by a Modest Member of Parliament, “RED jobs will put us in the red,” The Australian Financial Review, January 24, 1975, p. 3.
As the unemployment figures mount, we watch the desperate efforts of the Government to get itself out of its mess.
Mr Cameron has for long been a pin-up person in our family. Mavis says he has a lovely smile and a tender heart, while for years I have admired his polished political footwork.
So I was breathless with admiration when he blamed all our unemployment on the multi-national companies. That’s the kind of action that takes real nerve, particularly when you don’t believe it yourself.
But to set things right, Mr Cameron has announced that the Government is going to spend an extra $20 million a month on the RED [Regional Employment Development] employment scheme. This looks, at first glance, to be an act of real statesmanship, but is it really?
This extra $20 million a month is going to come from one of two sources, either from the taxpayers or the printing press.
If it comes from taxes it will mean that the taxpayers will have $20 million a month less to spend. Evidently the government thinks that it is better able to spend the taxpayers’ money than the taxpayer, and that more employment will follow in the wake of government spending than private spending.
But when you look back on the Government’s performance, surely most of our problems come from the fact that the private industry sector has been starved of resources to keep the government machine from going along at full steam.
If this extra $20 million a month is going to come from the taxpayer, we are going to have another helping of the same mixture that has been so bad for us in the past.
But perhaps the money is not going to come from the taxpayer, but is going to be created by the Government or, in other words, is going to be printed.
Those of us who came through the 1930s depression will know, as we didn’t know then, that there is a time to prime the unemployment pump by wisely expanding credit in times of deflation, as in the 1930s.
But to think that this is the answer to our problem with inflation running at the higher rate in our history and with a budget deficit already running at about $1,000 million, this is surely putting kerosene on the inflationary fires.
Too few people realise that it is the high rate of inflation that is the fundamental cause of our unemployment, because too many people just can’t afford to pay the price of labour. If this $20 million a month is to come from deficit financing, it will add to our problems, not solve it.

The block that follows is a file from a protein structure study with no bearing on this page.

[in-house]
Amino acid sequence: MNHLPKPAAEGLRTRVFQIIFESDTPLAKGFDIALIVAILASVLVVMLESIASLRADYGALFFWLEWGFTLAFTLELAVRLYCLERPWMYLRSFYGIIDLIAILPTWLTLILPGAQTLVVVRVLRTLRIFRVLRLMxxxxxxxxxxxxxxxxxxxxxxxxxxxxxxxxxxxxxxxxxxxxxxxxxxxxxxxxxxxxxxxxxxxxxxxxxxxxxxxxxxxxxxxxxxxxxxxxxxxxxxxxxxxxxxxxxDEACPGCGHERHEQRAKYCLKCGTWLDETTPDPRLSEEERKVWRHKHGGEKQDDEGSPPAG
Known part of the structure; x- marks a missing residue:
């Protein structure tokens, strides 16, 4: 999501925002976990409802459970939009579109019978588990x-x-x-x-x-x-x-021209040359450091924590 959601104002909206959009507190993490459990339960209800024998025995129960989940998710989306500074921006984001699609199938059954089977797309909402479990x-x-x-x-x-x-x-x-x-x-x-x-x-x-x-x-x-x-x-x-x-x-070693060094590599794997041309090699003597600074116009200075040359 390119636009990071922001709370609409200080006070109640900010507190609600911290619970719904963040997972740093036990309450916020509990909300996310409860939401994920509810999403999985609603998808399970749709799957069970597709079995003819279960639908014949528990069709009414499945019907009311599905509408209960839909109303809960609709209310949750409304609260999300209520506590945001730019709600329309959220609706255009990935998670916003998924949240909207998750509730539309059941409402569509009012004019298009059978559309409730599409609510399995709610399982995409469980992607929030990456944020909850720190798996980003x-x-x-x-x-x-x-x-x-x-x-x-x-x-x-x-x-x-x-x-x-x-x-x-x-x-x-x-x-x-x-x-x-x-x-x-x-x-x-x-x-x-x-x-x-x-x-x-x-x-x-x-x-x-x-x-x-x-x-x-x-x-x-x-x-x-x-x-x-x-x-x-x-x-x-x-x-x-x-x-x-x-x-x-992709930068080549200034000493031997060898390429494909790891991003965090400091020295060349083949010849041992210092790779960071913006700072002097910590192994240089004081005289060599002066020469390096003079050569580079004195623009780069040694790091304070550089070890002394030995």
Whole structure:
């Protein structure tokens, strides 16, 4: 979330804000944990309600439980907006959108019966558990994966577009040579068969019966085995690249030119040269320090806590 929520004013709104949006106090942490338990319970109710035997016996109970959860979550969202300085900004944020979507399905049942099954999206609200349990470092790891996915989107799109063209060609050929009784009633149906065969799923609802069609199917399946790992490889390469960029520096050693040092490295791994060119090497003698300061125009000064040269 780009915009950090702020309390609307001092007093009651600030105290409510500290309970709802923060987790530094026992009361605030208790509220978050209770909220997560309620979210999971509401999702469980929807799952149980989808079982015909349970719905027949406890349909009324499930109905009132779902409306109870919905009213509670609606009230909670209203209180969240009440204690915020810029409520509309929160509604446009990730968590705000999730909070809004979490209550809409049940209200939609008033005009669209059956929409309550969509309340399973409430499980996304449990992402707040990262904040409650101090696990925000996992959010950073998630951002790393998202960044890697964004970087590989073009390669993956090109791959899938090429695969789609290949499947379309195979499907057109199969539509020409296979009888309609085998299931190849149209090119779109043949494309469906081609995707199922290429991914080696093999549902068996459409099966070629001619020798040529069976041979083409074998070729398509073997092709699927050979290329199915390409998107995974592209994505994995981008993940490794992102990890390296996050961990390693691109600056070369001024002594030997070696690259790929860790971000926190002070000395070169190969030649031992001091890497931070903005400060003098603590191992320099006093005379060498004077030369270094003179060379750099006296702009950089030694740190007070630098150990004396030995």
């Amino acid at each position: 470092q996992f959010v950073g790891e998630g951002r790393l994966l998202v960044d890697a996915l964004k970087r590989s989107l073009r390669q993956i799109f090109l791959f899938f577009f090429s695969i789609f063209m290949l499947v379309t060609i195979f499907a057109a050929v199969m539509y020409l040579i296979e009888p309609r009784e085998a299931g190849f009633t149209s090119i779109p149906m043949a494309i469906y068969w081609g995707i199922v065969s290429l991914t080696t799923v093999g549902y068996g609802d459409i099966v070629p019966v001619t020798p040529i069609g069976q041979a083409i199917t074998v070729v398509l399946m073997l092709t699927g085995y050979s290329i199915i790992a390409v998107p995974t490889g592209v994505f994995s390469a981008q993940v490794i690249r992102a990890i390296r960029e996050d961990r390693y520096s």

From now on we can expect to be deluged by a spate of efforts to “create employment.” We can look forward to such childish illusions as asking employees to work a three day week for a full week’s pay. So the car manufacturer will have to pay even more for his labour and so cars will cost even more, so even less cars will be bought. This is just a sample of nonsense that we will hear from now on.
And we will hear even more about stopping imports from coming in.
Most of our imports come in to service industry and are needed to make the private sector work well. Mr Hawke’s solution is to stop them coming in so we will have to pay more for essential materials so the private sector will get sicker and sicker with disastrous effects on employment. And you do not get good employment figures from a sick economy.
Another solution will be to put more people in the Public Service. We will have more people engaged in cutting up and handing out the economic cake and less people making it. We will all probably end up in taking in one another’s washing. That will cure unemployment, so they say!
It is silly to go around talking about creating employment. Australia is simply bulging with work to be done. What we need is the incentive and the economic climate to go and do it. The economic climate has been spoilt because too many people feel that if they do succeed they will get clobbered and if they don’t succeed they will get looked after.
The President of Uganda has another approach to unemployment. He has decreed that it is illegal to be unemployed. Unfortunately Uganda is about the only country Mr Whitlam didn’t visit.
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